It might seem drastic. It might seem rash. But the Vikings cutting ties with offensive coordinator John DeFilippo BEFORE the end of his first season serving as the offensive coordinator just had to happen, or so it would seem.
It's been two or three weeks now that we've seen evidence of trouble in paradise between head coach Mike Zimmer and DeFilippo. It's come through struggles on the field. It's been in the shape of fleeting comments in postgame press conferences. It's been showcased a few different ways, but it's clearly been brewing for a while.
Last night in Seattle was the breaking point.
Before lunchtime on Monday, Zimmer had made the decision and Flip was out. But where did it go wrong and why did it have to end so abruptly, in the manner that it did?
For all intents and purposes, the experiment with Flip as O.C. might have been doomed before it even began. Remember back to the offseason for a minute with me. Pat Shurmur had officially accepted the head coaching job with the New York Giants leaving a void at O.C. here in Minnesota. The Vikings began interviewing candidates for the job, one of which was the present interim offensive coordinator Kevin Stefanski.
But from outside the organization came this wunderkind candidate fresh off of winning the Super Bowl with the Philadelphia Eagles. When the official hire was made, the national reaction was extremely positive.
"They're getting a very, very, very industrious & very smart, young coach" Bill Polian said.
"Fans will love him," Marc Sessler added.
"John DeFilippo rules, and his tape study videos talking about Foles in the red zone are my idea of prestige television," Kevin Clark said.
These comments were the consensus too. Everybody was all over DeFilippo as one of the league's next great young coaches. In fact, all year long he was a name that continued to pop up on the radar for future HEAD coaching opportunities.
That's a lot of pressure for a coach who had yet to really prove himself as a good quarterbacks coach who helped make the decision to draft Carson Wentz. But how much of that was Flip and how much was Doug Peterson? Peterson called plays in Philly and it was assumed that Flip would bring some of that flare here to Minnesota. That never happened. Maybe he was sold a little too high as the next big thing from the outset? Maybe he was the product of a Doug Peterson led offense? Maybe he wasn't ready for the play-calling responsibilities?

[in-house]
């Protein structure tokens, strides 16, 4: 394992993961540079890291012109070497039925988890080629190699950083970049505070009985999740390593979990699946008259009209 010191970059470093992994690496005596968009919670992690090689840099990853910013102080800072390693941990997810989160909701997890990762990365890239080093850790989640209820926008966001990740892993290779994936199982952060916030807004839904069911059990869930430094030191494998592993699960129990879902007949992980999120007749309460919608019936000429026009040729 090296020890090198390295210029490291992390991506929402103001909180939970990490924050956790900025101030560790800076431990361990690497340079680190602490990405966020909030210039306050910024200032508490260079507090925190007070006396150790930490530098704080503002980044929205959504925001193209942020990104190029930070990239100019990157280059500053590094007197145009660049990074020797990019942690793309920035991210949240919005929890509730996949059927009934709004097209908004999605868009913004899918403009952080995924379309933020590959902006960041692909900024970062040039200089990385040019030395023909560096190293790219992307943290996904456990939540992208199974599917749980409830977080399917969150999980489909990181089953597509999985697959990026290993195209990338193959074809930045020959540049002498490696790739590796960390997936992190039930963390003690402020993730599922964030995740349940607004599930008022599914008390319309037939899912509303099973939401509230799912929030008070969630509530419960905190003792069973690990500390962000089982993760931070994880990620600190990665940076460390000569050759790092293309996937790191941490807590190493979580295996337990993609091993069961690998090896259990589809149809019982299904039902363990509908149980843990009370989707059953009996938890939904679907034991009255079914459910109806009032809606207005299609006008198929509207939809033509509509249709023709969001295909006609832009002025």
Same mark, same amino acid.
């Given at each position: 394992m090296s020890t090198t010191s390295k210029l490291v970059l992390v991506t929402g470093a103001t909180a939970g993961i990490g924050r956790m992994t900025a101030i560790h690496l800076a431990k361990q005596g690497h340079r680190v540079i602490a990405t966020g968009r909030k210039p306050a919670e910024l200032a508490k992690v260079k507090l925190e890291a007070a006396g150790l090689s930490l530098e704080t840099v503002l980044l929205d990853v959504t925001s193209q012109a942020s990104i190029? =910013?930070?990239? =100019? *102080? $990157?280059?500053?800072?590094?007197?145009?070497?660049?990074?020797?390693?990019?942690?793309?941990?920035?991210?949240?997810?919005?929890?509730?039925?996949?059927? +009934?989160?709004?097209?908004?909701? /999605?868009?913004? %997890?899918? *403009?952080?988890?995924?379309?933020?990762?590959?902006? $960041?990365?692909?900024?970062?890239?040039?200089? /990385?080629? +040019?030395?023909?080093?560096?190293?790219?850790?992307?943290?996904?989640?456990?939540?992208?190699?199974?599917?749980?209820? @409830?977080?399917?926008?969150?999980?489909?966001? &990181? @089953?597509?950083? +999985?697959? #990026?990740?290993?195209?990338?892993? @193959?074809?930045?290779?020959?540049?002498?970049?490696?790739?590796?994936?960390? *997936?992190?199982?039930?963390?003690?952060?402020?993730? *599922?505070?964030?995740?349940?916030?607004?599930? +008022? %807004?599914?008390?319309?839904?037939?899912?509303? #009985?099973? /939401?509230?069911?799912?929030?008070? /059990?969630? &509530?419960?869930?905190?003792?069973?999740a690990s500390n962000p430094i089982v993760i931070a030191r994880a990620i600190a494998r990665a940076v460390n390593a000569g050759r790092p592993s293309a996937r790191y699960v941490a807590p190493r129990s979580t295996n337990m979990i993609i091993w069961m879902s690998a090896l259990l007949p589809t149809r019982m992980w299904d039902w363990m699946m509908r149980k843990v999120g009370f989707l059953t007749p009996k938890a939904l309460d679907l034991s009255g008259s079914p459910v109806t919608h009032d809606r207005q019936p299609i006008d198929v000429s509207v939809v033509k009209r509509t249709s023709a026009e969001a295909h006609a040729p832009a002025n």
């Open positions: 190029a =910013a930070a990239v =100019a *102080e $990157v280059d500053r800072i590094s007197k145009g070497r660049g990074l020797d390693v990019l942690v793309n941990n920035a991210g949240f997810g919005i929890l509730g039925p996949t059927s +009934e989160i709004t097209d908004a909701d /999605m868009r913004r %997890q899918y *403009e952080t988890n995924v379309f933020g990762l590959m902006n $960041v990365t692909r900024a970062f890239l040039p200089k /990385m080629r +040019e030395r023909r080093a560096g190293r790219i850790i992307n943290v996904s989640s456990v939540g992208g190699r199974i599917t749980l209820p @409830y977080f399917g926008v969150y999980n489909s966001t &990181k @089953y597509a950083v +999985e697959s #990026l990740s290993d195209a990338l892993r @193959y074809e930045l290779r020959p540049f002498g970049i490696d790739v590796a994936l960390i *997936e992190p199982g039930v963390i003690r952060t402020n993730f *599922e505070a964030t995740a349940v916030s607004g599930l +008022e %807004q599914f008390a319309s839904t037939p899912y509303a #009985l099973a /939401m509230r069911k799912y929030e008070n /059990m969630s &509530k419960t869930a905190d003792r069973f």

At this point, we think we know all of these things to be true. He wasn't ready, was a product of the organization (it would see) and wasn't ready to be "the man". So the Vikings moved on. And they had to do it now.
At 6-6-1, the Vikings are presently holding down a playoff spot but man it doesn't feel like it. All hope has been lost for this team to do anything in the playoffs. Fans are turning on your $84 million quarterback. Receivers are venting in the locker room. It's a recipe for disaster whether or not the team makes the playoffs. And this coming from a team that was a Super Bowl favorite to start the year...
The Vikings offense needs a spark, the needed a change.
Maybe it won't work out. Maybe they don't have the offensive line enough to do anything. But right now, they needed to make a change and unfortunately Flip was the cost of doing business this time around.